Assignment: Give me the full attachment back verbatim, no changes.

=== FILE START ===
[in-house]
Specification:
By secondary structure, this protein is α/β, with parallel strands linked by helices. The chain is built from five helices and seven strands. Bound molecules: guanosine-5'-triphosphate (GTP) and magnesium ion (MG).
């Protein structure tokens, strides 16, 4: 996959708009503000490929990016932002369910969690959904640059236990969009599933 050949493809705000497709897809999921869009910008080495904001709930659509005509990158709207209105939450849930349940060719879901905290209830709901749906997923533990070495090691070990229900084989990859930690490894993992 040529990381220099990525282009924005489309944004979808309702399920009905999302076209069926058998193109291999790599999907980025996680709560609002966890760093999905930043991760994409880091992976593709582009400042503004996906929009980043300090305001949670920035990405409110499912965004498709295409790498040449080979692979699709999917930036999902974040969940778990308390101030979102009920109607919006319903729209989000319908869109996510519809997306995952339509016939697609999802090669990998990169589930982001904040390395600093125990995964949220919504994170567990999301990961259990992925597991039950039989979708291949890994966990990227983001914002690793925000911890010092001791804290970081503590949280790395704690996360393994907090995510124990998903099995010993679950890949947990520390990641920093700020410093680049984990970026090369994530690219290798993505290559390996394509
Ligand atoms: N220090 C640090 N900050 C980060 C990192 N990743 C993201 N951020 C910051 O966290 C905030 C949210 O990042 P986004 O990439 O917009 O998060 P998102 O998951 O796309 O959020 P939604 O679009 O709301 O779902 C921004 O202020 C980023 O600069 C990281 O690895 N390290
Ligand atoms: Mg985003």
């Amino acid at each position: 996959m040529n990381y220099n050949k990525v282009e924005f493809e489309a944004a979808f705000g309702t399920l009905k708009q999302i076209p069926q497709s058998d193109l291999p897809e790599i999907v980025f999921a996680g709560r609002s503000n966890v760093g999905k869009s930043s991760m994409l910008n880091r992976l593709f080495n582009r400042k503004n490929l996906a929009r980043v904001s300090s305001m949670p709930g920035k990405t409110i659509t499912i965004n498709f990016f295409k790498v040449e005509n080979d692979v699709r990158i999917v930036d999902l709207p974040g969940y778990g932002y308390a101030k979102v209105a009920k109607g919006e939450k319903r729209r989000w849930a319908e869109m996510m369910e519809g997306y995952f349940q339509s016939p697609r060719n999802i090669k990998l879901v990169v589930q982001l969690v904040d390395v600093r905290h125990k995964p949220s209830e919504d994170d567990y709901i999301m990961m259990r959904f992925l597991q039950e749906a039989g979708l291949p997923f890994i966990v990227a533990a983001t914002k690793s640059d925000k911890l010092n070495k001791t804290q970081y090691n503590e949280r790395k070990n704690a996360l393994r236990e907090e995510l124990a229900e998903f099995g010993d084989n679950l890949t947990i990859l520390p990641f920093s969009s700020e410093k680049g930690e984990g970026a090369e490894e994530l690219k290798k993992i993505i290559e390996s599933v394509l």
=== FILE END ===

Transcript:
[in-house]
Specification:
By secondary structure, this protein is α/β, with parallel strands linked by helices. The chain is built from five helices and seven strands. Bound molecules: guanosine-5'-triphosphate (GTP) and magnesium ion (MG).
């Protein structure tokens, strides 16, 4: 996959708009503000490929990016932002369910969690959904640059236990969009599933 050949493809705000497709897809999921869009910008080495904001709930659509005509990158709207209105939450849930349940060719879901905290209830709901749906997923533990070495090691070990229900084989990859930690490894993992 040529990381220099990525282009924005489309944004979808309702399920009905999302076209069926058998193109291999790599999907980025996680709560609002966890760093999905930043991760994409880091992976593709582009400042503004996906929009980043300090305001949670920035990405409110499912965004498709295409790498040449080979692979699709999917930036999902974040969940778990308390101030979102009920109607919006319903729209989000319908869109996510519809997306995952339509016939697609999802090669990998990169589930982001904040390395600093125990995964949220919504994170567990999301990961259990992925597991039950039989979708291949890994966990990227983001914002690793925000911890010092001791804290970081503590949280790395704690996360393994907090995510124990998903099995010993679950890949947990520390990641920093700020410093680049984990970026090369994530690219290798993505290559390996394509
Ligand atoms: N220090 C640090 N900050 C980060 C990192 N990743 C993201 N951020 C910051 O966290 C905030 C949210 O990042 P986004 O990439 O917009 O998060 P998102 O998951 O796309 O959020 P939604 O679009 O709301 O779902 C921004 O202020 C980023 O600069 C990281 O690895 N390290
Ligand atoms: Mg985003």
């Amino acid at each position: 996959m040529n990381y220099n050949k990525v282009e924005f493809e489309a944004a979808f705000g309702t399920l009905k708009q999302i076209p069926q497709s058998d193109l291999p897809e790599i999907v980025f999921a996680g709560r609002s503000n966890v760093g999905k869009s930043s991760m994409l910008n880091r992976l593709f080495n582009r400042k503004n490929l996906a929009r980043v904001s300090s305001m949670p709930g920035k990405t409110i659509t499912i965004n498709f990016f295409k790498v040449e005509n080979d692979v699709r990158i999917v930036d999902l709207p974040g969940y778990g932002y308390a101030k979102v209105a009920k109607g919006e939450k319903r729209r989000w849930a319908e869109m996510m369910e519809g997306y995952f349940q339509s016939p697609r060719n999802i090669k990998l879901v990169v589930q982001l969690v904040d390395v600093r905290h125990k995964p949220s209830e919504d994170d567990y709901i999301m990961m259990r959904f992925l597991q039950e749906a039989g979708l291949p997923f890994i966990v990227a533990a983001t914002k690793s640059d925000k911890l010092n070495k001791t804290q970081y090691n503590e949280r790395k070990n704690a996360l393994r236990e907090e995510l124990a229900e998903f099995g010993d084989n679950l890949t947990i990859l520390p990641f920093s969009s700020e410093k680049g930690e984990g970026a090369e490894e994530l690219k290798k993992i993505i290559e390996s599933v394509l």